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Chapter 10:1-11 (ESV)

Posted on February 17, 2024  - By Chris LaBelle  

Chapter 10:1-11 (ESV) - “At that time the LORD said to me, ‘Cut for yourself two tablets of stone like the first, and come up to me on the mountain and make an ark of wood. And I will write on the tablets the words that were on the first tablets that you broke, and you shall put them in the ark.’ So I made an ark of acacia wood, and cut two tablets of stone like the first, and went up the mountain with the two tablets in my hand. And he wrote on the tablets, in the same writing as before, the Ten Commandments that the LORD had spoken to you on the mountain out of the midst of the fire on the day of the assembly. And the LORD gave them to me. Then I turned and came down from the mountain and put the tablets in the ark that I had made. And there they are, as the LORD commanded me.”

(The people of Israel journeyed from Beeroth Bene-jaakan to Moserah. There Aaron died, and there he was buried. And his son Eleazar ministered as priest in his place. From there they journeyed to Gudgodah, and from Gudgodah to Jotbathah, a land with brooks of water. At that time the LORD set apart the tribe of Levi to carry the ark of the covenant of the LORD to stand before the LORD to minister to him and to bless in his name, to this day. Therefore Levi has no portion or inheritance with his brothers. The LORD is his inheritance, as the LORD your God said to him.)

“I myself stayed on the mountain, as at the first time, forty days and forty nights, and the LORD listened to me that time also. The LORD was unwilling to destroy you. And the LORD said to me, ‘Arise, go on your journey at the head of the people, so that they may go in and possess the land, which I swore to their fathers to give them.’”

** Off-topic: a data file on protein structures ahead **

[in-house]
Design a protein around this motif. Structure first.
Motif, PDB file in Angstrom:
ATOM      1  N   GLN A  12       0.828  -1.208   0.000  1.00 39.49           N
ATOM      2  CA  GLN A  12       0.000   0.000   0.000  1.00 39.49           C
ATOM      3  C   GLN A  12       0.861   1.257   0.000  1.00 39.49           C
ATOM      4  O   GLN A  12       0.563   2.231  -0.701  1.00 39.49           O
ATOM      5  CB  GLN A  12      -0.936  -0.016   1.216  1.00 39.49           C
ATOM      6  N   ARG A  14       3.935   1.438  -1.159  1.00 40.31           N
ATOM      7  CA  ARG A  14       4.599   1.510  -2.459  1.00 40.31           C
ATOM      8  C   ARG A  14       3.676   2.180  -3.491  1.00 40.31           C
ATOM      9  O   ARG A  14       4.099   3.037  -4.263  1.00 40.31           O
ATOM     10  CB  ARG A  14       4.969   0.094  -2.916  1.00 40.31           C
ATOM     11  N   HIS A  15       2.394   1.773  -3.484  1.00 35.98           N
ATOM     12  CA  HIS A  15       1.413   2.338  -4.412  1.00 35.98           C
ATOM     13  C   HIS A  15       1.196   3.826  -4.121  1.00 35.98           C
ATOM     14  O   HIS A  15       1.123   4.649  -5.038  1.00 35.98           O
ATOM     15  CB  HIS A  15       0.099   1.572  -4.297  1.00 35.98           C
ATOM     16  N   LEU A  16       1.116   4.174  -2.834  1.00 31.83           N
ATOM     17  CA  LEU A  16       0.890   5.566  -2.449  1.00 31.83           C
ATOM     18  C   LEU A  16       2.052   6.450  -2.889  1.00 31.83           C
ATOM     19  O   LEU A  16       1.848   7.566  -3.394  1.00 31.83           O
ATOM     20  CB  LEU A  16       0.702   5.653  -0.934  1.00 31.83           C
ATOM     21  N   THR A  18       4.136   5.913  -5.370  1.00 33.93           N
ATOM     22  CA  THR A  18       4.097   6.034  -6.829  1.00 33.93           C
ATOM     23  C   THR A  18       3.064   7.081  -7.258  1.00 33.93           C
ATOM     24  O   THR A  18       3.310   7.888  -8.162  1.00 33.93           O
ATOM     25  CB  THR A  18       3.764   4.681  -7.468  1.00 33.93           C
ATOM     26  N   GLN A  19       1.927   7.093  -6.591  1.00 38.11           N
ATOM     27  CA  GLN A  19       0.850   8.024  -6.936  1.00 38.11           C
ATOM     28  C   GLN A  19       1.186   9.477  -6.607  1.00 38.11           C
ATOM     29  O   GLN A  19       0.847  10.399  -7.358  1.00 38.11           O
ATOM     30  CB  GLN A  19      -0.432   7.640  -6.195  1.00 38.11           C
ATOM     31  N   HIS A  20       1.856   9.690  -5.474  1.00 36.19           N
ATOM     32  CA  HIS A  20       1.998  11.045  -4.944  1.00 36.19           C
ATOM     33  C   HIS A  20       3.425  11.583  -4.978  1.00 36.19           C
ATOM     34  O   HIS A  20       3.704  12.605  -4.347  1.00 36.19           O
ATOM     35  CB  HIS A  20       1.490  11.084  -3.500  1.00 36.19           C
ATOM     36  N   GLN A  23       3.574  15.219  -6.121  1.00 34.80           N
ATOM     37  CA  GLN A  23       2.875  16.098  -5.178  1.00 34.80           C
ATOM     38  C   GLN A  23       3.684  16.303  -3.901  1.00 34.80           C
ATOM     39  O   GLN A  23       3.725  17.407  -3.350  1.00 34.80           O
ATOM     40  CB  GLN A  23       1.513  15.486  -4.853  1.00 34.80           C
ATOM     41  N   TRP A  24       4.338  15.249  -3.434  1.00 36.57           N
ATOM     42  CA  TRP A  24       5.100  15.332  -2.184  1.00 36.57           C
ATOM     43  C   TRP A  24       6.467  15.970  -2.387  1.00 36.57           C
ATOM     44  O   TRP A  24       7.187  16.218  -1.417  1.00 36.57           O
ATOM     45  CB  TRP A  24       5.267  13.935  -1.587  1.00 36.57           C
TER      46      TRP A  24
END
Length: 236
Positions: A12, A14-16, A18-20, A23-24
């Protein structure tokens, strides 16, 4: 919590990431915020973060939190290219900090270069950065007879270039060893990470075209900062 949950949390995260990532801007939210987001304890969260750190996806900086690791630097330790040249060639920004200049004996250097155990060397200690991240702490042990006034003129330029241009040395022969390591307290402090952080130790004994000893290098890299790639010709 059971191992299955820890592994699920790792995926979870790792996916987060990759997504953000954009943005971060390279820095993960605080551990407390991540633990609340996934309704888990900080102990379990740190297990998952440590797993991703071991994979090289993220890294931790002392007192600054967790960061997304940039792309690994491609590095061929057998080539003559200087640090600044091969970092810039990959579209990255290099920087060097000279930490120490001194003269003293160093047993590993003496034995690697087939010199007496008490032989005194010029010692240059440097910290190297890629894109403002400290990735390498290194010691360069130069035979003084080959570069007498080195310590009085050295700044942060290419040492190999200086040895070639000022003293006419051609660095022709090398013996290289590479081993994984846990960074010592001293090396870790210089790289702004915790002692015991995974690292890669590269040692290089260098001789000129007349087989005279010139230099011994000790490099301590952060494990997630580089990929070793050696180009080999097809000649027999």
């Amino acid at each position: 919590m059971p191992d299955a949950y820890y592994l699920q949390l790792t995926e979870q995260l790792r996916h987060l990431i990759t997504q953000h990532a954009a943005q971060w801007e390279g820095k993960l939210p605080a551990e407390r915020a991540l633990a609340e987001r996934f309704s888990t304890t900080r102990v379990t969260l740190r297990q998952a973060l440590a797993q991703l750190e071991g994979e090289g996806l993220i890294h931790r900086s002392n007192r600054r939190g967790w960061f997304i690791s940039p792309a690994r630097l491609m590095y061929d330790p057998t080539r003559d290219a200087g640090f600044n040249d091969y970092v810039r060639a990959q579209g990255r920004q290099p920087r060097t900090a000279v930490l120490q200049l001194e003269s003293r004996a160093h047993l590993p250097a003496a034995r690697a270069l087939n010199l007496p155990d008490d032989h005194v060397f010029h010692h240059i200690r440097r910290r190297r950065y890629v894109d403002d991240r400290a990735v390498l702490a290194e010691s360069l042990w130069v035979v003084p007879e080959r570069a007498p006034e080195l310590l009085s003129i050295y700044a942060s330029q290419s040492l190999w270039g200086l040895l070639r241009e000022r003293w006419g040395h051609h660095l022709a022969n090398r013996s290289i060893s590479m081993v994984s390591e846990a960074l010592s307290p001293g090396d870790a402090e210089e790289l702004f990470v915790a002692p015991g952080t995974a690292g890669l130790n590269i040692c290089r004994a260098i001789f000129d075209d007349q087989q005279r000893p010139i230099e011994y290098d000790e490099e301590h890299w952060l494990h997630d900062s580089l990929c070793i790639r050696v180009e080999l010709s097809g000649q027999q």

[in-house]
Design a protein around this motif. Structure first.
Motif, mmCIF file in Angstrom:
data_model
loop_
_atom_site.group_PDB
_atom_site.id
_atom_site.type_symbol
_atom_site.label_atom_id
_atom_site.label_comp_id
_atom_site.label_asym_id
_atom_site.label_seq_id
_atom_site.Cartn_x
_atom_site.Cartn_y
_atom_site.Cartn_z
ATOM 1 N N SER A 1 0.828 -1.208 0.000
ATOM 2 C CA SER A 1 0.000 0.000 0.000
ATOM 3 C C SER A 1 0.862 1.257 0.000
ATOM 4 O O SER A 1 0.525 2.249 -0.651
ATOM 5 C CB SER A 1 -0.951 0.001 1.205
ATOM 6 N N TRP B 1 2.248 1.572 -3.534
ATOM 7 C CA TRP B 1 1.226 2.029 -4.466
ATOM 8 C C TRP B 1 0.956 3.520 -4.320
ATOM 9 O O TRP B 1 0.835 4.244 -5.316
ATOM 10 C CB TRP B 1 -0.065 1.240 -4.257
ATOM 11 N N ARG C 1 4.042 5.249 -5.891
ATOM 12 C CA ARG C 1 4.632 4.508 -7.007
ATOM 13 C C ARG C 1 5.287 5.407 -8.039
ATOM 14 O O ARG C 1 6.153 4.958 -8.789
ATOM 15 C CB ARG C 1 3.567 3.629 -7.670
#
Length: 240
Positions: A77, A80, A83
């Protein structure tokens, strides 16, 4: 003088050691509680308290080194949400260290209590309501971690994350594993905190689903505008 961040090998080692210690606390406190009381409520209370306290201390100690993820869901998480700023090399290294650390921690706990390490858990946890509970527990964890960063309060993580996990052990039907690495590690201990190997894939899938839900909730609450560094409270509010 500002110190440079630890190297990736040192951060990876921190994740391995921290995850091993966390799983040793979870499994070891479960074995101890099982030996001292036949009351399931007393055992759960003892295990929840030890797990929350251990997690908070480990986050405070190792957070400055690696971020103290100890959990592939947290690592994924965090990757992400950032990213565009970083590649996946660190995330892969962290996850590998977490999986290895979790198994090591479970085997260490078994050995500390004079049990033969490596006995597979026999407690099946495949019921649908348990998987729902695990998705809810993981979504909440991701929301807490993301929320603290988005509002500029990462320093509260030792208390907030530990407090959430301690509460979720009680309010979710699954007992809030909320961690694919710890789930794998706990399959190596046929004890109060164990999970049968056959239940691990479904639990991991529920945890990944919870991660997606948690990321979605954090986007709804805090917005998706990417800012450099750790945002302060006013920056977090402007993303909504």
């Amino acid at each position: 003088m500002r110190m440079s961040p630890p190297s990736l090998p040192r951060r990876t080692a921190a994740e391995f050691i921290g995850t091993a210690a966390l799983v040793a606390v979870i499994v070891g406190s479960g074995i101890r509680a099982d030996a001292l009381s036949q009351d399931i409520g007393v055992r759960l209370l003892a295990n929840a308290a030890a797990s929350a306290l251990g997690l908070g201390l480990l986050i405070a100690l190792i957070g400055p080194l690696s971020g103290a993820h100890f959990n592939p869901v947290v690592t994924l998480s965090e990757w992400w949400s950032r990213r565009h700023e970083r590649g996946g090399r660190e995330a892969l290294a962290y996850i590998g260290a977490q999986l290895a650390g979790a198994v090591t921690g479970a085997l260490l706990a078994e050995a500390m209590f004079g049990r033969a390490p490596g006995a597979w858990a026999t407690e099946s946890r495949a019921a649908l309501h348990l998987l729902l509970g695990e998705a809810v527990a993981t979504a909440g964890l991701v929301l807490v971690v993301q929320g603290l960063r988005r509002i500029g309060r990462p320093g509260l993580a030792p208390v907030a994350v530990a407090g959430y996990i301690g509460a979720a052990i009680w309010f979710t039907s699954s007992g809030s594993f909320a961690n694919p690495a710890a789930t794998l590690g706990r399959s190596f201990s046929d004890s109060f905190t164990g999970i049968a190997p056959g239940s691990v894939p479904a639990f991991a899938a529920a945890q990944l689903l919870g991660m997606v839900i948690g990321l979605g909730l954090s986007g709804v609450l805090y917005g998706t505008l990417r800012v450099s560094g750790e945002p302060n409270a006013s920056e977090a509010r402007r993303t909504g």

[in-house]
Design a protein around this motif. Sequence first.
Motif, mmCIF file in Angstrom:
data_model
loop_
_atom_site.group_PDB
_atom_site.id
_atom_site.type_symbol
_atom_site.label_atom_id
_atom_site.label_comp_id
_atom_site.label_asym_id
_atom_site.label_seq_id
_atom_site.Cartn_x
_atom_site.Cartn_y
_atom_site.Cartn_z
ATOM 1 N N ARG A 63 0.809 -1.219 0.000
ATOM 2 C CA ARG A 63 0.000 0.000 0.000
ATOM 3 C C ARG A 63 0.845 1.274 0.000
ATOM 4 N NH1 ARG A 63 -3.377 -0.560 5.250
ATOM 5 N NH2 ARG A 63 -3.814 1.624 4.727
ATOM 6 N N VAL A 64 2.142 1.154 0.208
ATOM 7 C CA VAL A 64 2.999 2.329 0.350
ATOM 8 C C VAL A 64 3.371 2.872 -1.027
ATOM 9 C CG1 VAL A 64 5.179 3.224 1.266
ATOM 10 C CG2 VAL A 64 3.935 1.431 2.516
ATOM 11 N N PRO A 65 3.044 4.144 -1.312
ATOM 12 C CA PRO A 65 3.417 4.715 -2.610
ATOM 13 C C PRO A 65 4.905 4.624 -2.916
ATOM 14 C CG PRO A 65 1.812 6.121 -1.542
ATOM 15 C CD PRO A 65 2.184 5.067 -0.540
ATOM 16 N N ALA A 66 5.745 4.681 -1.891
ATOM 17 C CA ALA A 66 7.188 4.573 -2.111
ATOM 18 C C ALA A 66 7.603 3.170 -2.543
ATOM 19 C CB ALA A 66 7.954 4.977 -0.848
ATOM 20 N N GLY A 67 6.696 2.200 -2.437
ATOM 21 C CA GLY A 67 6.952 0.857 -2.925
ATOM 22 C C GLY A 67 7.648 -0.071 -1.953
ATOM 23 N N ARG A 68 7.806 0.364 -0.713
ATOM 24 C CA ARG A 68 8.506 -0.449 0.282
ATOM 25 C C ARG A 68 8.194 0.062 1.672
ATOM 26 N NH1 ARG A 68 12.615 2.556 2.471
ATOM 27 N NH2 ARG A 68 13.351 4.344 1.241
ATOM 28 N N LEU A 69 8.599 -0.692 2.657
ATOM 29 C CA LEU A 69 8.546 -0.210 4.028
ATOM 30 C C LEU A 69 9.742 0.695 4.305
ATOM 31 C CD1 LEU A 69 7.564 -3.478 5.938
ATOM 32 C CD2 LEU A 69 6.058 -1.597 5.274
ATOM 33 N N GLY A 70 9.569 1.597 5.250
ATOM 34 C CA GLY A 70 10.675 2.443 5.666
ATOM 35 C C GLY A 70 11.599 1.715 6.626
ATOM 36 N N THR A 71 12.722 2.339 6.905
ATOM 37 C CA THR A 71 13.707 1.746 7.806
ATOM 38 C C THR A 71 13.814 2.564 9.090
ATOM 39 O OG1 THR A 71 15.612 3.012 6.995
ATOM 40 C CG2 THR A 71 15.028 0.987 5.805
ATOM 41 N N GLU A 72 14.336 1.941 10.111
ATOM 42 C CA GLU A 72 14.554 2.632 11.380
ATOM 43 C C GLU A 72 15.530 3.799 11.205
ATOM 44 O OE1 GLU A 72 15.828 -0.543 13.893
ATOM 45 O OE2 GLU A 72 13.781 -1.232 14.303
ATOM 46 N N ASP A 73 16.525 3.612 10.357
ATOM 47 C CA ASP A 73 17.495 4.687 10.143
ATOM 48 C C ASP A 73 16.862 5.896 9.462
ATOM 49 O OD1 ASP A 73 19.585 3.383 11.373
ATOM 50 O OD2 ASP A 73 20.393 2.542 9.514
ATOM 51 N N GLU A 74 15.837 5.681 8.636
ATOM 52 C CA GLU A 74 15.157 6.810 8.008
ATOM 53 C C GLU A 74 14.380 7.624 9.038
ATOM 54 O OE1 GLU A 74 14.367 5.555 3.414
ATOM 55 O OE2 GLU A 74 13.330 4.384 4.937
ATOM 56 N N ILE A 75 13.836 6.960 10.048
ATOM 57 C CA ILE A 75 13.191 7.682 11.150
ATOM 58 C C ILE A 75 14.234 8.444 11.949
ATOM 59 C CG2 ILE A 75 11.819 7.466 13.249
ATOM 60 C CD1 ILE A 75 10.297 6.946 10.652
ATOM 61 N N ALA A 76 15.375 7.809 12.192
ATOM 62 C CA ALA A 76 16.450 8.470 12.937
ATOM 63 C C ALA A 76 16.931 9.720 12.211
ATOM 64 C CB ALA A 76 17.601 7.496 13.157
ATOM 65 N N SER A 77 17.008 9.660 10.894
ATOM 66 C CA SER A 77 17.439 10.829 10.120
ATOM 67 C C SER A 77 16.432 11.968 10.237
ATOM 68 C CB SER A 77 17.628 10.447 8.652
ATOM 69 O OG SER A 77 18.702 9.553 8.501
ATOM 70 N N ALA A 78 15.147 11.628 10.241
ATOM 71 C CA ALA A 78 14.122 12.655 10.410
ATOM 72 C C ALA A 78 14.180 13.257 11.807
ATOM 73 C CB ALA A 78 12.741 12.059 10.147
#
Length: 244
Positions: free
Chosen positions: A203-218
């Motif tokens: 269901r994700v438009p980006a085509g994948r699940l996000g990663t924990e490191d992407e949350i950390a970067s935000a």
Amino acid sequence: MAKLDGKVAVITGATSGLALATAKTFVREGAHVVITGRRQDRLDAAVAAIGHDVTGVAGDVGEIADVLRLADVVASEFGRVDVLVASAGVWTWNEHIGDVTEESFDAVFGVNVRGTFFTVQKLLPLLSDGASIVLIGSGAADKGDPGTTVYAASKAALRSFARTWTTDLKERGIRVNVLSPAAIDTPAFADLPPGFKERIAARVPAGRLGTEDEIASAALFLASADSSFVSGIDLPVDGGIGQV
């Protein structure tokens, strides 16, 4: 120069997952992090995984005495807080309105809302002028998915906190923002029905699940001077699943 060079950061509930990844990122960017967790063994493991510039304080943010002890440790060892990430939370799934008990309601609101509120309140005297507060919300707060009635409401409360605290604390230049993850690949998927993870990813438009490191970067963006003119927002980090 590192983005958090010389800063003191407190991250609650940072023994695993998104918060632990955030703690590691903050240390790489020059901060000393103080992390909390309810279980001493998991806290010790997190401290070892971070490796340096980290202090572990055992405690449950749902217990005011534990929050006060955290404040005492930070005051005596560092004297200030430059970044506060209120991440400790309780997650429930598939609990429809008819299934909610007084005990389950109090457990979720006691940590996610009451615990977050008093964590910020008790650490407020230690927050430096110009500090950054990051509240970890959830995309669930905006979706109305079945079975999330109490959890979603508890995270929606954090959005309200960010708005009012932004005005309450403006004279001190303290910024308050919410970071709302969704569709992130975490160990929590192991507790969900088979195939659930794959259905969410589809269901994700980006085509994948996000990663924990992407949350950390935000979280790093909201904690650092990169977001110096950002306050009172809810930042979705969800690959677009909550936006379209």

Question to consider: Why does the LORD have Moses put the new tablets in the ark?

In order to prepare for today’s passage, it would be good to refresh your memory regarding the events that led up to Moses destroying the first set of tablets in Exodus 32. God had given Moses a detailed set of instructions on how He would receive worship, the garments to be worn by the priests, and the physical elements that would be present in His tabernacle. All of these things were to be completed with artistry which God had specifically gifted to the sons of Hur. 

God held Moses up on the mountain for what was described as forty days and forty nights. This may have been a literal amount of time, but it is worth noting that the number forty was always used in reference to an ordeal— a time of testing allowed by God. Could it be that the days represented the years of a generation? This ordeal was really rather passive. The people didn’t have to endure famine or thirst or calamity. They merely had to submit to the leadership of Aaron and wait patiently for God to deliver the covenant to Moses on the mountain. They failed miserably. Aaron gave in to the request (more like threats) of the people, and he had the women and children give up their gold earrings taken from Egypt to fashion into a golden calf. Rather than worshiping God according to His specifications, Aaron turned their worship into an abomination, and Moses destroyed the tablets.

Ever since the curse pronounced on Adam, Eve, and the serpent in Genesis 3, scripture divided up the world into two lines of people: those who worshiped God in faith were called “the seed of the woman”, and those who did not were called “the seed of the serpent” (brood of vipers). We can almost view the covenantal tablets as representative of these two lines. The first set was destroyed like those in the flood, and the second was protected in an ark like Noah and his family.

The parenthetical note of history describing the death of Aaron took place over the forty years they wandered in the desert (from Beeroth Bene-jaakan to Moserah to Gudgodah to Jotbathah). God did not immediately kill Aaron at Mount Horeb, but he did not live long enough to even see the land from the mountain as Moses had. The intention here it seems was not so much to provide an ordered timeline but to emphasize that the second forty-day ordeal was applied to the next generation— the generation of faith who would inherit the land. While that generation of faith (who had not directly witnessed the plagues of Egypt or endured the years of slavery) was still stubborn and undeserving of the inheritance, they at least remained faithful during the second giving of the Law and were allowed to possess the land.


Dear heavenly Father, just like the generation who inherited the land, we are a people who have come to You in faith through Christ, the ark of our salvation. We are stubborn and undeserving of Your love and so are grateful that You still chose to lavish it upon us. Thank You for giving us Your Holy Spirit who sanctifies us and keeps us fixed on Christ. Amen.